So here I am trying to put more love into short stories and make them available through retailers like Amazon and Smashwords on the same level as print novels.
What is your writing process?
For the big ideas, I like: paper, a nice pen, and somewhere to sit that isn't at home. I've written lots in local public libraries. On Monday nights, which is a quiet night, I've been a regular at the Swan Pub at Bromham for years, scribbling as the other regulars call it (there might be fine real ales behind the bar too).

My novels tend to be intricately plotted with a lot of worldbuilding detail (though I keep a lot of it just under the surface of the prose). I would be lost without a piece of software called yWriter, provided free by Australian SF writer Simon Haynes (BTW: Simon doesn't push the donate button too hard, but it is there and please donate if you find his software helpful).

If there is one thing I do not like about the self-publishing revolution, it is that a few of the new authors are putting up good stories that are spoiled by being sloppily written with bad grammar, typos and spelling mistakes. There's no excuse for this because it disrupts the reading experience. Frankly, it is disrespectful for such authors to expect readers to put up with substandard work because they can't be bothered to put the effort in to get it right. That said, all authors make the most appalling mistakes that they are too close to the story to spot. I find my Kindle excellent help with that because I can easily get the draft from my wordprocessor into the Kindle, and then get the Kindle to read it to me. Text-to-speech isn't perfect but the Kindle will always try to read what you have actually written; punctuated as you have actually punctuated. An invaluable reviewing tool!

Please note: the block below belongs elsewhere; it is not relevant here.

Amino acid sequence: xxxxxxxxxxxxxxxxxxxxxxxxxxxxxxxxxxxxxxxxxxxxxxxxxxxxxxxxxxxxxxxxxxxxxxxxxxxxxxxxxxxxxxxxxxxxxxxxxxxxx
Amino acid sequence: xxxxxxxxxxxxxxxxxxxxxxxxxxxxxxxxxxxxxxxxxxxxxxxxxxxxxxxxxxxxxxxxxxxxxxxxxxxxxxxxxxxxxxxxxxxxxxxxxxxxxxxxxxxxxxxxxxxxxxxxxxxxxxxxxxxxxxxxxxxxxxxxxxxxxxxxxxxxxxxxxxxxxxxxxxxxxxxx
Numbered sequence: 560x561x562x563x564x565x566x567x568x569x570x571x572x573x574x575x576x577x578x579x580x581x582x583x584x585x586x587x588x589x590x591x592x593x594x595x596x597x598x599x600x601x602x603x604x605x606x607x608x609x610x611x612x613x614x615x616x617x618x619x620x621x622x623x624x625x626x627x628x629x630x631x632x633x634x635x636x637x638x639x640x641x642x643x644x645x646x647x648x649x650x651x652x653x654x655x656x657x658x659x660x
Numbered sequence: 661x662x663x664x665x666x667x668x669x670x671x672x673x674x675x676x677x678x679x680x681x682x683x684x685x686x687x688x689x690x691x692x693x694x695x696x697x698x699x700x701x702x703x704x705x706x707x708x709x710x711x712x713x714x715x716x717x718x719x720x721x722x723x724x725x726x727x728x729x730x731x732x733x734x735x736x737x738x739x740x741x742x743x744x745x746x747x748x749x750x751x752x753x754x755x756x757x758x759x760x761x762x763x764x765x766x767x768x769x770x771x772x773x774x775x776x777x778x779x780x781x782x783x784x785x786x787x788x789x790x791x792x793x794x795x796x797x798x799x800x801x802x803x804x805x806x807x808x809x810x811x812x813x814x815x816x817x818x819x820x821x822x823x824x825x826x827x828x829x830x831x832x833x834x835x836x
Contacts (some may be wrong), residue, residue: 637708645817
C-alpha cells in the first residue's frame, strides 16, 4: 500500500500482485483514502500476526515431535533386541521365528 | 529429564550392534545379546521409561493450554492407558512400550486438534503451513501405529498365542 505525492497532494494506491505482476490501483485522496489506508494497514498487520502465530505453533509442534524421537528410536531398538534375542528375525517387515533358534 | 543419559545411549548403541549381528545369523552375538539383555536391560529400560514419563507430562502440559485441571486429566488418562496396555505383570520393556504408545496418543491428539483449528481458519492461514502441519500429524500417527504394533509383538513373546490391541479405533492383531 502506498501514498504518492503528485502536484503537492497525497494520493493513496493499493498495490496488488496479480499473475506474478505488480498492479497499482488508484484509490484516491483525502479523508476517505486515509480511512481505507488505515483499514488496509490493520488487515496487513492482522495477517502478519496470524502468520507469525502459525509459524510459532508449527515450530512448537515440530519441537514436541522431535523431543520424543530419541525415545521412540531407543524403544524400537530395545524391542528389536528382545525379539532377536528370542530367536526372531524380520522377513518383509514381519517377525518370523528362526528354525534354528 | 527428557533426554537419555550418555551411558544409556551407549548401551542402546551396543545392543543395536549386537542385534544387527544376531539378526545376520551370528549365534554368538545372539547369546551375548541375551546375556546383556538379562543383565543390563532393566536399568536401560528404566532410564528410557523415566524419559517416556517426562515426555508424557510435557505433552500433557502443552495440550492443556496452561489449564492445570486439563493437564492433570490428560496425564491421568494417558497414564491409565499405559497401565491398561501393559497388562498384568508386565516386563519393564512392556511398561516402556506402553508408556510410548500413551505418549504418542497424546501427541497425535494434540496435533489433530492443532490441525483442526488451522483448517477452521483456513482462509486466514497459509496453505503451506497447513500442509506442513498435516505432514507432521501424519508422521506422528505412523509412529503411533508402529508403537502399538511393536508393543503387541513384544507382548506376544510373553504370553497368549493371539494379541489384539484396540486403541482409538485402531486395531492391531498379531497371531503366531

How long does it take you to write your first draft?
Varies enormously. I wrote a complete draft of a novelette for in one day, sitting by the river bank one summer's day. It takes me about two years to draft a novel. It does depend on how much I have on elsewhere in my life. Becoming a dad, for example, was the best thing that ever happened to me but did curtail my writing time. 

What inspired you to write this particular story?
Ahh, now that would give too much away! Suffice it to say that I had what I hoped was a fresh approach to an old idea. In the back of the book I give a (brief) explanation of what inspired me to write the story. 
Now I wish I'd kept my suspicions to myself. I'm scared one of my friends will tell them, and I'll have an 'accident' — same as my parents.
Considering that, this could be my last journal entry.
When you know to look, the archives are littered with holes and fabrications. Take Crewman DeSouza, for example. I remember his protest about the restrictions on authoring material for the news channels. Stripping naked at the broadcast for the annual address by the Fleet Council got him noticed all right. It also got him transferred, along with a lot of others, to the Endeavor shortly before all hands were lost when her radiation shielding...